Like a lot of people, Dierks Bentley likes to throw parties to see all his friends. But unlike the rest of us, he suits up and plays hockey afterwards. After accepting numerous awards and gifts to celebrate his fifth No. 1 single, “Free and Easy (Down the Road I Go),” on Tuesday evening (Dec. 4), he took to the ice with his friends.
Bentley, who has been playing hockey since he first moved to Nashville in 2000, managed to score two goals for the Centennial Ice Holes during their game against the Southern Ace Rogue Rats. The rest of the industry crowd sat comfortably in the Sommet Center after being encouraged to slip on a black souvenir foam finger and cheer for Bentley and his team.
Now that Bentley owns his song publishing, he paid for the No. 1 party himself, which, needless to say, was not free and easy. Instead of hosting the party at a smaller venue, the singer-songwriter rented out the downtown arena that accommodates Nashville’s pro hockey team, the Predators. Rather than bloody fights on the ice, the jumbo screens on the scoreboard repeatedly played the song’s clever music video.
“I might need another No. 1 hit to pay for this thing,” Bentley said, joking about splitting the bill with engineer Luke Wooten, who was partially responsible for the idea of holding it at the arena in the first place.
Along with the song’s success, Bentley insisted numerous times that it was just as important to celebrate the relationships he’s built in the industry in the last five years, and he spent a long time before and after the presentations mingling in the crowd, chatting with friends and posing for photos.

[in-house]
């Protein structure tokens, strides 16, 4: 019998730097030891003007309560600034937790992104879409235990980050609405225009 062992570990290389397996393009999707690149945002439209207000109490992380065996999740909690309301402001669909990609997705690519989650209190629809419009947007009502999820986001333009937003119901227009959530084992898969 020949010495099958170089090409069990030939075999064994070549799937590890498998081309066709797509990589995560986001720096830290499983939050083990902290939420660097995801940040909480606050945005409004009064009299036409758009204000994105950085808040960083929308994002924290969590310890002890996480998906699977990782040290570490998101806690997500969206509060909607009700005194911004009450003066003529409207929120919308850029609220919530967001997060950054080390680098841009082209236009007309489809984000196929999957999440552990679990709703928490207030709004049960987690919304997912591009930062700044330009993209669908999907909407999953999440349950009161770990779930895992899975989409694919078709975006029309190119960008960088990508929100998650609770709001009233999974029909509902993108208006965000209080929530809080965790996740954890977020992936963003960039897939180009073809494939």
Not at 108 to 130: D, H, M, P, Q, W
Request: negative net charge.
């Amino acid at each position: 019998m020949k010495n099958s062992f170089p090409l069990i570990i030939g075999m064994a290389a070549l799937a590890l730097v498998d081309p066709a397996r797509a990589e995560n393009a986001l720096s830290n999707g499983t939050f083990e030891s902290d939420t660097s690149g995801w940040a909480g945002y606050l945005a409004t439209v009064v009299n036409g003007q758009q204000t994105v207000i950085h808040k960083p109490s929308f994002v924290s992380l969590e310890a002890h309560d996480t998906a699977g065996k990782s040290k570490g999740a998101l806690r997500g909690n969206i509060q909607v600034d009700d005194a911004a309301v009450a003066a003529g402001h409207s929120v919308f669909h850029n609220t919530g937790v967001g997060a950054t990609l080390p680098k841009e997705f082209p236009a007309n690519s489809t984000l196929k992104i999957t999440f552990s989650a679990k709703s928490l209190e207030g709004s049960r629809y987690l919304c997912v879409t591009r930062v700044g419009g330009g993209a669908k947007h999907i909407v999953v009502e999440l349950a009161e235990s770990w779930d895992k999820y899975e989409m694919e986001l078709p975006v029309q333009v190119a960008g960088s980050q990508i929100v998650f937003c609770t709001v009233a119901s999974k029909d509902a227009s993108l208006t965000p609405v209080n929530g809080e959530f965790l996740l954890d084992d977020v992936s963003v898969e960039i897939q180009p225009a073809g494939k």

Maybe it’s because Christmas is approaching, but Bentley racked up an impressive armload of goodies at his party. ASCAP presented him with a Harley-Davidson cooler and five bottles of wine, and each bottle was emblazoned with one of his No. 1 song titles. The CMA conferred a bottle of Cristal champagne (oh, and some certificates). The Predators gave him an autographed jersey and presented his co-writers — Robbie Harrington, Rod Janzen and producer Brett Beavers — with hockey sticks. His label, Capitol Records, offered an engraved crystal trophy to commemorate the No. 1 achievement. Bentley will likely send that last item to his parents’ home in Phoenix because he says he doesn’t like to keep plaques and awards at his place.
Bentley’s other No. 1 hits include “What Was I Thinkin’,” “Come a Little Closer,” “Settle for a Slowdown” and “Every Mile a Memory.” Prior to the party, he told reporters he’s been writing and working on a new album and that he’s releasing another single from Long Trip Alone, “Trying to Stop Your Leaving,” in January. Following three concert dates this weekend with Jack Ingram, Bentley will resume touring in early 2008 with opening acts Luke Bryan and Bucky Covington.